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Concussion Symptoms After a Car Accident

Car accidents are scary for many reasons. Someone hitting you while you're driving opens you up to injury. Injuries can range from mild to severe, and some affect your way of life. Concussions are all too common during car accidents. If you or a loved one recently received a bump or jolt to the head, read on to find out if it could be a concussion and what you should do.

What is a concussion?

A concussion is a brain injury. It can be either mild or traumatic, but it happens when the brain bounces around or twists inside the skull. The skull is designed to protect our brain, and the chances of this happening while going about our lives is very slim. Instead, you would need to experience a sudden jolt, bump, or blow to the head. When an impact that hard hits the skull and moves around your brain, cells are damaged and chemical changes take place. The sad news is that you can have a concussion even if you are not hit in the head. Enough force to the body could move the brain if you’re hit hard enough.

What causes a concussion?

A fall or sporting injury could cause a concussion. But, one of the most common ways people get them is from a car accident. According to the CDC, "falls and motor vehicle crashes were the first and second leading causes of all TBI-related hospitalizations (52% and 20%, respectively)" just five years ago. However, these statistics are more for adults. Children can experience concussions, and they don't always happen in car accidents. For children, they occur while on the playground, riding a bike, or playing other sports

What are the symptoms of a concussion?

The first warning sign of a concussion is a headache. After you or a loved one has received a blow to the head and complains of a headache, you need to get to a hospital as quickly as possible. You should be even more concerned if the headaches get worse. A terrible headache could be a sign of internal bleeding. Other symptoms of a concussion include:

  • Dizziness
  • Trouble with balance
  • Blurry vision
  • Nausea
  • Fatigue
  • Feeling drowsy
  • Restlessness when sleeping
  • Issues with concentration or comprehending
  • Depression
  • Irritability or nervousness


Server warnings exist too. If you or a loved one has a seizure after being hit in the head, you more than likely suffered from a concussion. Something that can happen and is a little frightening is when you forget people or places. Also, take note of other unusual behaviors.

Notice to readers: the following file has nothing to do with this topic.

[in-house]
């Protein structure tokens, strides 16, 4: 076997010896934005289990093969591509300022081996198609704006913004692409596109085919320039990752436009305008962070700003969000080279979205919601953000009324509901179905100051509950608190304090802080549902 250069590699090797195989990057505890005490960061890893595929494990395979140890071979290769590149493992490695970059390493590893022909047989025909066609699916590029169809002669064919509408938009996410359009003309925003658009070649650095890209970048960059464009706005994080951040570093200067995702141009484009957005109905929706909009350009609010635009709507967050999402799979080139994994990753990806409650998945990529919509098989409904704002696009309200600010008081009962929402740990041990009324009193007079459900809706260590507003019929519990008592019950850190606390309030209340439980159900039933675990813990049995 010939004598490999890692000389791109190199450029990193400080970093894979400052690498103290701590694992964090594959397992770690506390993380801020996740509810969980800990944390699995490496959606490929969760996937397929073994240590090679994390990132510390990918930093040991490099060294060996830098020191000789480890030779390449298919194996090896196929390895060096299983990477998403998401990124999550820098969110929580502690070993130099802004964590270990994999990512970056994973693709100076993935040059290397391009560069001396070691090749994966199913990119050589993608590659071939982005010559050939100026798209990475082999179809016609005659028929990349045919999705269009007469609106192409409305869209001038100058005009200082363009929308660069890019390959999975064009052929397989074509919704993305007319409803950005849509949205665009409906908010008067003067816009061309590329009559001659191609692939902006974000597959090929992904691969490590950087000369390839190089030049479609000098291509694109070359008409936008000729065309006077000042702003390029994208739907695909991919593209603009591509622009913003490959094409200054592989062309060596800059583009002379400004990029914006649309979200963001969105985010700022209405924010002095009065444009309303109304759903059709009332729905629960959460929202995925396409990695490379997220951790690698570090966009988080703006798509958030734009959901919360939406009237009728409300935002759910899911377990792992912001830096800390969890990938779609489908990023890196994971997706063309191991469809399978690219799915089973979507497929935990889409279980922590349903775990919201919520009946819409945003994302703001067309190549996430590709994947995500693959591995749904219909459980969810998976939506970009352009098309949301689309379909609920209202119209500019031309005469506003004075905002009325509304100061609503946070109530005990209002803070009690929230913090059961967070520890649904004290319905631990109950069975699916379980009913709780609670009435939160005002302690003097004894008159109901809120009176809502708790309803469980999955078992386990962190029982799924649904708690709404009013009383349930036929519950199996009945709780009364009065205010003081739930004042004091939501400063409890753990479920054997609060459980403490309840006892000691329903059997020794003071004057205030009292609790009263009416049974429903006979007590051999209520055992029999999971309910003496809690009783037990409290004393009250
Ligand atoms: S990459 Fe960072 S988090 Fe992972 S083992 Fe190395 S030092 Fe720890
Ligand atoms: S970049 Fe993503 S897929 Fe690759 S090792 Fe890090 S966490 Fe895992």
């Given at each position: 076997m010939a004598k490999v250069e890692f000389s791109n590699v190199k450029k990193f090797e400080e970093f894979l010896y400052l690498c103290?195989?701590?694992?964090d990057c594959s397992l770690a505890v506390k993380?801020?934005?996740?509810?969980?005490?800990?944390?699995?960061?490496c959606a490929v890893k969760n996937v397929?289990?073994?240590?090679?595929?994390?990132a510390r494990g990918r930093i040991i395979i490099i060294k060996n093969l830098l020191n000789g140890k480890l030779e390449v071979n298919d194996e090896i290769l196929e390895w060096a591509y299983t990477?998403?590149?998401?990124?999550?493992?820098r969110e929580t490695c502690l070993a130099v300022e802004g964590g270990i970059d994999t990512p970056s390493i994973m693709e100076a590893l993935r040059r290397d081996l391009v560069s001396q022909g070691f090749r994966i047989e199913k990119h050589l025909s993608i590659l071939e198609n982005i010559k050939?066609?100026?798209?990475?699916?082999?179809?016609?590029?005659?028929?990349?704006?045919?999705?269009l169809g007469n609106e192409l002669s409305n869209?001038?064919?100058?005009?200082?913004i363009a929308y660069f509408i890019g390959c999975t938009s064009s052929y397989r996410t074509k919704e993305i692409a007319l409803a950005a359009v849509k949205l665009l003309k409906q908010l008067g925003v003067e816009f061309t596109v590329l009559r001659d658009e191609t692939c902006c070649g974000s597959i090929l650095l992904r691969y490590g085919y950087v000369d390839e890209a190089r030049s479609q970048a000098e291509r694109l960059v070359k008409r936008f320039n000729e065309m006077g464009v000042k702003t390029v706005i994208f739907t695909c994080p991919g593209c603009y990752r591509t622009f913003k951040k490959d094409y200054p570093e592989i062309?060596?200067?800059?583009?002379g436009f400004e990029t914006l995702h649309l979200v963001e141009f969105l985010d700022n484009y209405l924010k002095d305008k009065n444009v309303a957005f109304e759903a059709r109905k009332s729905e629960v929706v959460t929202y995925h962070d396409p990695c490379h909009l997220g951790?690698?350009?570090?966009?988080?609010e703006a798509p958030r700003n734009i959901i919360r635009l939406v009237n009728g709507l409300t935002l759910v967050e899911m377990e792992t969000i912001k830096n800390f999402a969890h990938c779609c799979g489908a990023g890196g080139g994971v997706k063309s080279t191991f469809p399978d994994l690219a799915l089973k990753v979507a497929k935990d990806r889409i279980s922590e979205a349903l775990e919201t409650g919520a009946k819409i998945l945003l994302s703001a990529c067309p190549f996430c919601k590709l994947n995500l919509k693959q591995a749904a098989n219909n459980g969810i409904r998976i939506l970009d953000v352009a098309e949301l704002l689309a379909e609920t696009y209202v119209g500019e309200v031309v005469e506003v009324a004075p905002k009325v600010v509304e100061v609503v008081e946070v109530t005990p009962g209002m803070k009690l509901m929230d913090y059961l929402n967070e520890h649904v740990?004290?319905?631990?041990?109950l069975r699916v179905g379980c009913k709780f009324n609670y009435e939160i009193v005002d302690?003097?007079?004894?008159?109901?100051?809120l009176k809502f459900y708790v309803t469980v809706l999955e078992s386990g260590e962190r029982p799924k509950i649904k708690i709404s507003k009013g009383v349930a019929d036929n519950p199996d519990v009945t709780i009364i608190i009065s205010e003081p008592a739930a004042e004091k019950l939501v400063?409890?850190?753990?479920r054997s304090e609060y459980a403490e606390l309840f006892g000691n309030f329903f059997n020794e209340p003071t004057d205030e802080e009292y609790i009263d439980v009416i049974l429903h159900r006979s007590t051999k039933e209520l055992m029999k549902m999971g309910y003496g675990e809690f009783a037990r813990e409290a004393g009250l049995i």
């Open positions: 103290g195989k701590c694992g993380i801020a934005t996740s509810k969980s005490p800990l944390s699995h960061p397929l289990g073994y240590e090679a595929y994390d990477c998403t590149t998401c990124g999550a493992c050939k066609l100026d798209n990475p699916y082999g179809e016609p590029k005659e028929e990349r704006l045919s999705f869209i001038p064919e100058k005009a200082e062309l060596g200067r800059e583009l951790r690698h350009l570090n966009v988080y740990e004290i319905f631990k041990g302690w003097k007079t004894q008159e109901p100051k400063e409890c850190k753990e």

Have you or a loved one suffered from a devastating concussion? Contact Bart Durham today for a free consultation. 

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How quickly will signs of a concussion appear?

It's hard to define when you notice the signs of a concussion. Everyone is different. Take note of behavior immediately after hitting your head. Some signs are visible within minutes. Other symptoms take time to develop. It could be several hours before some start to show. In other instances, added pressure or force are when symptoms to appear. Reading is an excellent example because it requires concentration. Running is another. If you participate in any of these activities after hitting your head, contact your doctor immediately.

Does age matter when it comes to a concussion?

Age can absolutely play a role in the development of concussions. The younger the person, the higher their risk is for having one. A child is at a higher risk than a teenager. Comparatively, teenagers are at a higher risk than adults.

How soon should I go to the doctor if I suspect a concussion?

If any of the symptoms are present after you or someone you love has hit their head, you want to seek medical attention immediately. Sometimes you can call your doctor's office, and they can ask you questions to let you know if going to the ER is more critical than scheduling a doctor's visit. Any time severe symptoms like confusion or passing out occur, you should go to the emergency room promptly.

How do they test for a concussion?

A doctor can perform external testing to confirm whether or not there is a concussion. Health care professionals rely on physical signs, mood changes, thinking, and capability during their assessment. What they are trying to decide is if it's a concussion or maybe a fracture. However, these tests don't let the patient know if there is cell damage. A CT scan or MRI looks for internal bleeding. Sometimes doctors require patients to remain in the hospital overnight for observation.

Can a concussion be treated?

Most health care teams recommend rest to recover from a concussion. Taking time away from work to do so isn't uncommon. As your brain heals, the symptoms will start to go away. But, that could take close to two weeks depending on the intensity of the blow. More severe concussions could have permanent damage.

Can I sue if I received a concussion after a car accident?

If you've been involved in a car accident where you received a concussion, you might have a case for a lawsuit. Tennessee and Kentucky residents have the option to file suit against the driver or their insurance company to get compensation when they are required to not work due to injury. Each state has laws about who and when you can file. The best thing you can do is contact a personal injury lawyer. Together, you can review the events of the accident and determine whether or not you have a case.

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